Watching Each Other: Portrayals of Gender and Ethnicity in Television Advertisements

@article{RubieDavies2013WatchingEO,
  title={Watching Each Other: Portrayals of Gender and Ethnicity in Television Advertisements},
  author={Christine M. Rubie-Davies and S. Liu and K. K. Lee},
  journal={The Journal of Social Psychology},
  year={2013},
  volume={153},
  pages={175 - 195}
}
  • Christine M. Rubie-Davies, S. Liu, K. K. Lee
  • Published 2013
  • Psychology, Medicine
  • The Journal of Social Psychology
  • ABSTRACT The stereotypical depiction of men and women and of ethnic minority groups in advertisements is problematic because studies have shown that repeated exposure to selective portrayals of particular groups can lead to viewers adopting distorted beliefs about those groups. The current study examined the contemporary portrayal of men and women and of ethnic minority groups in New Zealand television advertisements. Over 3,000 advertisements were coded. Men and women were less often depicted… CONTINUE READING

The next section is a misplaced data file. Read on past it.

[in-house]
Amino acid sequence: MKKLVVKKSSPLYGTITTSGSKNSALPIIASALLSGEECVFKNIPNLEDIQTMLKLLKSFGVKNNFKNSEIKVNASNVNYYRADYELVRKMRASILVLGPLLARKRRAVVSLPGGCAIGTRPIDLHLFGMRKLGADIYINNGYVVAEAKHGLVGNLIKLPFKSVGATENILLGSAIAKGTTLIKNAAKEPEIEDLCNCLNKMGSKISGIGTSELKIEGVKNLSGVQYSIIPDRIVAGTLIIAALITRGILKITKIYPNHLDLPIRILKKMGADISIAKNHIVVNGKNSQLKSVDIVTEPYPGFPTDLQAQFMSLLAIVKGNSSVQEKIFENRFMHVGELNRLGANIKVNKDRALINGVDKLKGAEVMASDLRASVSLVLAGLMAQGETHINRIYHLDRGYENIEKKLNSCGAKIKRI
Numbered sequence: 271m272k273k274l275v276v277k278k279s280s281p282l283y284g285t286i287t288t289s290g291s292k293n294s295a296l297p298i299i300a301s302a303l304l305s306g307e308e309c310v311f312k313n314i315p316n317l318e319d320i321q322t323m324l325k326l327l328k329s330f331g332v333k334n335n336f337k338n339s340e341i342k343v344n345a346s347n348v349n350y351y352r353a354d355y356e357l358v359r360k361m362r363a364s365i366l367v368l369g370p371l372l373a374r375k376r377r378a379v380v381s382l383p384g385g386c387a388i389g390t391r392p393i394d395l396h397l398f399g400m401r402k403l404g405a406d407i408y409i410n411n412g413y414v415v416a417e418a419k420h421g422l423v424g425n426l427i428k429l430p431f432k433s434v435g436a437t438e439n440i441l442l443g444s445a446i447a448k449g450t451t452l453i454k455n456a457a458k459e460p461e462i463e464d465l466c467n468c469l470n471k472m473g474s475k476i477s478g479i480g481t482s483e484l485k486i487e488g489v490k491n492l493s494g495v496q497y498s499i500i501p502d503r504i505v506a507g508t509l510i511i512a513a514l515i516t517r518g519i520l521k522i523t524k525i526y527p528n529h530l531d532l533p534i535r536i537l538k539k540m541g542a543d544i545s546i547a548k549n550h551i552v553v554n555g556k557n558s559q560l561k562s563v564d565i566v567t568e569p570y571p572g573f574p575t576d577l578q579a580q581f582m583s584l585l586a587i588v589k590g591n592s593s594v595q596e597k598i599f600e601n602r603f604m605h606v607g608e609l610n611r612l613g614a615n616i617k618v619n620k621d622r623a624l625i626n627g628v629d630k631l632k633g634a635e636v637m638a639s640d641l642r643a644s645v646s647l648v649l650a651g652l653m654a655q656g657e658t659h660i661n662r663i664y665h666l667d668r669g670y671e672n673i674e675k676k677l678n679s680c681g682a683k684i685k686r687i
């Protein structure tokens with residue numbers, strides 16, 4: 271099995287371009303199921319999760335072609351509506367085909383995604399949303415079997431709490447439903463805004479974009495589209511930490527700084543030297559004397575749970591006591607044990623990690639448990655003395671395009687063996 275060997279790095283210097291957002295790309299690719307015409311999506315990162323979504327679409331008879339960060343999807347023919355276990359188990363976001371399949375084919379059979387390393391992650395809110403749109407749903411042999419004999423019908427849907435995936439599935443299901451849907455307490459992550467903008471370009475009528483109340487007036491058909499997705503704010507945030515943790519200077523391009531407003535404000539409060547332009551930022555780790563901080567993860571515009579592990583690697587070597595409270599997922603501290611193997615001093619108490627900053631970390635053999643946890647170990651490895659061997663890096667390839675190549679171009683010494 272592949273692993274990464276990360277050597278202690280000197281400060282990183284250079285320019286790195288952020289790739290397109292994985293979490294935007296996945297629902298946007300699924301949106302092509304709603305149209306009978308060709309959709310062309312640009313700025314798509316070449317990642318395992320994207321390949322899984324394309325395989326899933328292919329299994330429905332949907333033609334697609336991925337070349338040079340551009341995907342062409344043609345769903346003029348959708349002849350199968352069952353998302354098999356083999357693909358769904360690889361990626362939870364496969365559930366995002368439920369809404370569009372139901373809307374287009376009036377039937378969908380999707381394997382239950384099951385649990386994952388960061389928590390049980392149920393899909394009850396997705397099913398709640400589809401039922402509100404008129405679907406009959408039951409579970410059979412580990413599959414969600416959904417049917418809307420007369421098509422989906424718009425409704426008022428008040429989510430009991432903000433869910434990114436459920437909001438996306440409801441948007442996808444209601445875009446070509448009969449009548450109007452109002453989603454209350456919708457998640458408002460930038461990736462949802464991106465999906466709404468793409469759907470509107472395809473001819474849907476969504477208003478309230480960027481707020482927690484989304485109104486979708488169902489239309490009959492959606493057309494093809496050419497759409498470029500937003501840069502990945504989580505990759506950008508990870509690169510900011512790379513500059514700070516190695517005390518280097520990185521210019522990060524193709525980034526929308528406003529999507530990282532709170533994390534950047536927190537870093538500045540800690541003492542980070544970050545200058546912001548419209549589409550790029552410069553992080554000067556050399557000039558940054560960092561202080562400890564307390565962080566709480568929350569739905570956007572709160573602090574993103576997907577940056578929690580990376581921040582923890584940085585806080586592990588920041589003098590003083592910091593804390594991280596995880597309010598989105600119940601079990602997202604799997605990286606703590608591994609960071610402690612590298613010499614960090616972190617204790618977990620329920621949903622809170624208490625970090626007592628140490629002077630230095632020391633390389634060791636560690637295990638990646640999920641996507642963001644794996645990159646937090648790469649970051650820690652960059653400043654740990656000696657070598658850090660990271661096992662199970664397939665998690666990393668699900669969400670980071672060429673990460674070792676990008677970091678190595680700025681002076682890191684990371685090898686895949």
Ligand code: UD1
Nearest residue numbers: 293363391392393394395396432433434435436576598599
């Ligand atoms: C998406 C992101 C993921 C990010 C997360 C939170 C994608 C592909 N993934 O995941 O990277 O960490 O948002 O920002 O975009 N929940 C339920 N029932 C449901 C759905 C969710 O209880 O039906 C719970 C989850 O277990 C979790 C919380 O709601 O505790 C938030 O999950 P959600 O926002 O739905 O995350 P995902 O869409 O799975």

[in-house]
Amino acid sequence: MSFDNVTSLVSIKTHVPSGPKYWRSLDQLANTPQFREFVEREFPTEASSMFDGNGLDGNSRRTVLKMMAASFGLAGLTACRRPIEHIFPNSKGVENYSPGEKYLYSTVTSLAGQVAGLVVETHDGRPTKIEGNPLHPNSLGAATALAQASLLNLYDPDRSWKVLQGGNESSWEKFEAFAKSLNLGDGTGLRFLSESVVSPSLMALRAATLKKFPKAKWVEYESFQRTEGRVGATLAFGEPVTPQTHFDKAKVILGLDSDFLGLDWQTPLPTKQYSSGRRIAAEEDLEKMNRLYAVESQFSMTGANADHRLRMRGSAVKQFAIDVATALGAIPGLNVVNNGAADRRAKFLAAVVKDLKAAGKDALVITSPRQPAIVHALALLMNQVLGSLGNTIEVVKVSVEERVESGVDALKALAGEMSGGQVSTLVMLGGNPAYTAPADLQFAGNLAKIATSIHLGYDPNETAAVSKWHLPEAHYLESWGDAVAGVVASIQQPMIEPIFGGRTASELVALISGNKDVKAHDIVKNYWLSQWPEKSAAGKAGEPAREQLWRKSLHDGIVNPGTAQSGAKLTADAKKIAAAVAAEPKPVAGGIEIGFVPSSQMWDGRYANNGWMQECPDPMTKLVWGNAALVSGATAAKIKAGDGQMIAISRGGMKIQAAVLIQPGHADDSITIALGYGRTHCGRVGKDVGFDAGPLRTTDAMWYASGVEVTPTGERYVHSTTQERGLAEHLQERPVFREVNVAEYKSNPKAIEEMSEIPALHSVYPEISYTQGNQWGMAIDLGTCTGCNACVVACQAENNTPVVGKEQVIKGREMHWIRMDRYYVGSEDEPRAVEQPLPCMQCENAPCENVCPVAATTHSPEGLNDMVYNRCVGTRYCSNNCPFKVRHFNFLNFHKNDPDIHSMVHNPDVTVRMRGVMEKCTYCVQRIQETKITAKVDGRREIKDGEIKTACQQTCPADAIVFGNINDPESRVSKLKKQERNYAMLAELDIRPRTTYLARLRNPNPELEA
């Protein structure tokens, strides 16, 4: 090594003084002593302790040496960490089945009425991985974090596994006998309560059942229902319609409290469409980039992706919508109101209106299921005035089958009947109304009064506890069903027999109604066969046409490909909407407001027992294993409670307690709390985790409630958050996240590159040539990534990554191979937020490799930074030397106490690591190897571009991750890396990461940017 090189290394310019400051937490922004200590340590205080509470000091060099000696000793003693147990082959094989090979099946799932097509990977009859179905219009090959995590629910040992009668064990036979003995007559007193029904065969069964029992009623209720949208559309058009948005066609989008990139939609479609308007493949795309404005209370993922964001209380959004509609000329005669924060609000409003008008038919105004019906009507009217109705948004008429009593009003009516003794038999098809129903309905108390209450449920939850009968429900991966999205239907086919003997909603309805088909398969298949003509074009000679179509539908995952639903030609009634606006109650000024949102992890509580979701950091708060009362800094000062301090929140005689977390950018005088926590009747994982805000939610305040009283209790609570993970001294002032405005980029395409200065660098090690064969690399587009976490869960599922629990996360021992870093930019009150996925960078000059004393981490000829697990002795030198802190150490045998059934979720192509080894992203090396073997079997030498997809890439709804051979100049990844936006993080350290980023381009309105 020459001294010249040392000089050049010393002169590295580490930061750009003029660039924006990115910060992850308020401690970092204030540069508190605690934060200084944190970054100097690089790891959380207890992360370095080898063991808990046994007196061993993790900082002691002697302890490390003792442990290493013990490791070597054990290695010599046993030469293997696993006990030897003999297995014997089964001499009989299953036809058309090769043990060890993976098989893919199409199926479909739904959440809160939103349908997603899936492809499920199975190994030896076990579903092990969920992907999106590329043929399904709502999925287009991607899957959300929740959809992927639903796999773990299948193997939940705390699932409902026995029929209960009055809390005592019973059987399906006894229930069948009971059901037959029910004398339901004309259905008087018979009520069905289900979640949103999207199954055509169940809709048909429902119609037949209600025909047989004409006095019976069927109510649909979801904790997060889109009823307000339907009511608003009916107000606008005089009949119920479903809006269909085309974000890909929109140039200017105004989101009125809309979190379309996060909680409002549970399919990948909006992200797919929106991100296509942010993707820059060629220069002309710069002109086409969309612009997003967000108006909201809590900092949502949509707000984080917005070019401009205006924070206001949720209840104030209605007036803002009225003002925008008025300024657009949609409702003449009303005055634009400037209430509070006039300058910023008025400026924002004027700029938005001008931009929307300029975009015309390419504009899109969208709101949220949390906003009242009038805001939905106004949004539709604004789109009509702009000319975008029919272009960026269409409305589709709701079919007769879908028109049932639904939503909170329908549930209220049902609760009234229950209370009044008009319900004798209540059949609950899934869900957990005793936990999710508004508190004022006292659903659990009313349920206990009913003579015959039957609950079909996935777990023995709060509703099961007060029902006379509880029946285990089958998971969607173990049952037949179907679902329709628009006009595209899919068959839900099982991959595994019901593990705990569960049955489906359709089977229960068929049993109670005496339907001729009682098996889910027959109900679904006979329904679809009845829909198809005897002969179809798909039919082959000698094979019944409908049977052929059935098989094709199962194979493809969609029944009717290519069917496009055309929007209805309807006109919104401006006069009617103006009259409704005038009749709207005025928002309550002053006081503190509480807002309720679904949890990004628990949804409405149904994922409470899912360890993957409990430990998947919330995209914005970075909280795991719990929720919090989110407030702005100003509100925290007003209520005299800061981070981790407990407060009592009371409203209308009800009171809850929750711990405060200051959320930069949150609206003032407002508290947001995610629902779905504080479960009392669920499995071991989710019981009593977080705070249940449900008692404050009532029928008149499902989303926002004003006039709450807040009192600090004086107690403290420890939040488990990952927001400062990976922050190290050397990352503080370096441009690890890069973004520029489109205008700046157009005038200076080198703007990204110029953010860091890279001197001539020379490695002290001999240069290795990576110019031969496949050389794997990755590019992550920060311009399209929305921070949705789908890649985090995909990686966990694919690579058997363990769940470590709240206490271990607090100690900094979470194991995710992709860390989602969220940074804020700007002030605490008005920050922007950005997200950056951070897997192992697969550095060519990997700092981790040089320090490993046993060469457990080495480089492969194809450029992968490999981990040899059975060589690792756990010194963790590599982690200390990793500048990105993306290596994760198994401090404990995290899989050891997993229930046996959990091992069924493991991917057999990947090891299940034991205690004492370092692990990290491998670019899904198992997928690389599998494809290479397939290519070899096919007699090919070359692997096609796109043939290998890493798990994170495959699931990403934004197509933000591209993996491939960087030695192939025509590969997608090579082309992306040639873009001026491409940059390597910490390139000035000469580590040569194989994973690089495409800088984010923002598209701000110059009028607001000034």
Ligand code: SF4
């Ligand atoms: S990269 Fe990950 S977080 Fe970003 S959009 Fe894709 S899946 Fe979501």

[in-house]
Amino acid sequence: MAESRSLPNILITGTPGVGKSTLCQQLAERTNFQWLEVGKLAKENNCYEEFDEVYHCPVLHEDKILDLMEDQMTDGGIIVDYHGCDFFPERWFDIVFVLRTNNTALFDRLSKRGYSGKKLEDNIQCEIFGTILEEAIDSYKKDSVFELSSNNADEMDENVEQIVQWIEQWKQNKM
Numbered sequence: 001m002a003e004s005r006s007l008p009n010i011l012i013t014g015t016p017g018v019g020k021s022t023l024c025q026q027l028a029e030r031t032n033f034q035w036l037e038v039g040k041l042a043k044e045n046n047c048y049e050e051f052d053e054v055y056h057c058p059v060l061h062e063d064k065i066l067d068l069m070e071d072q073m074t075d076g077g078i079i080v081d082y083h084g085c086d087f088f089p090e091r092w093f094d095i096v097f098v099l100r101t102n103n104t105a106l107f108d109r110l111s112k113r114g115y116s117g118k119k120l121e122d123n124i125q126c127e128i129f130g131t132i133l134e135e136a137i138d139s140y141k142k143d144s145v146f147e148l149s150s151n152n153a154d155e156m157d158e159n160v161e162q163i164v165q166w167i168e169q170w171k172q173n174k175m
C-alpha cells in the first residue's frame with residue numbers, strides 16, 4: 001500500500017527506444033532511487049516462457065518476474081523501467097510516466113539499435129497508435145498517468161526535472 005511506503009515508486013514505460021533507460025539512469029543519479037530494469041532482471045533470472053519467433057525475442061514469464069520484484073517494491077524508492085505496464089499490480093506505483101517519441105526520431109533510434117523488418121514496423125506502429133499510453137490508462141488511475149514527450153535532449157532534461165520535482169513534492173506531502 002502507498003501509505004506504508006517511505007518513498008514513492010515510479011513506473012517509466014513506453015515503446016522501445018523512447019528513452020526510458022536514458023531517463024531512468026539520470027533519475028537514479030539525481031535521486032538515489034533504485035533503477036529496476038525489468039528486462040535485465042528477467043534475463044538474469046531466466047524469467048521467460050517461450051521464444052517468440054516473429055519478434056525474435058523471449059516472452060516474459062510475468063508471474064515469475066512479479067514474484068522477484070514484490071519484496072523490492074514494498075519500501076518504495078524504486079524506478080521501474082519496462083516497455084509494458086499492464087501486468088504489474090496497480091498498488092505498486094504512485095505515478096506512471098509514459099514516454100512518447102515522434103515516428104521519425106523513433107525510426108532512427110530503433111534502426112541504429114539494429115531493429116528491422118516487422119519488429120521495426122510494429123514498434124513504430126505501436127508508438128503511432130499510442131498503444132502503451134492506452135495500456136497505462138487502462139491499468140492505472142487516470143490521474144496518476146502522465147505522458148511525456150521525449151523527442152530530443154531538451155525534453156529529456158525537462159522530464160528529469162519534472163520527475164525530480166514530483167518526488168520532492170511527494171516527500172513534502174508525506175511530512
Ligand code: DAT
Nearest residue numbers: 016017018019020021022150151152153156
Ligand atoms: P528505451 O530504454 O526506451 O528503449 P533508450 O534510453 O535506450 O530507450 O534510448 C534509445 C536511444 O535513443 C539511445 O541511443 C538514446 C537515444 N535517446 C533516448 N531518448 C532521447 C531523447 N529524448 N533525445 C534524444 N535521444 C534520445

20 Citations

    Topics from this paper

    Advertising ( in ) equality at a glance 2 Executive summary
    • ADVERTISING EQUALITY
    • 2018
    • PDF
    Impact of Gender Cues in Advertisements on Perceived Gender Identity Meanings of the Advertised Product
    • 2
    Gender Contamination in Indian Automobile Advertisements
    • 4

    References

    SHOWING 1-10 OF 53 REFERENCES
    Race and Ideology: African-American Images in Television Advertising
    • 154
    The effect of television day part on gender portrayals in television commercials: A content analysis
    • 122
    • Highly Influential
    • PDF
    Hispanics and Blacks in television commercials.
    • 148
    Not in Vogue: Portrayals of Asian Americans in Magazine Advertising
    • 87
    • PDF
    Minorities in Children's Television Commercials: New, Improved, and Stereotyped
    • 69
    • Highly Influential
    The Portrayal of Men's Family Roles in Television Commercials
    • 77
    The Impact of Women in Advertisements on Attitudes Toward Women
    • 163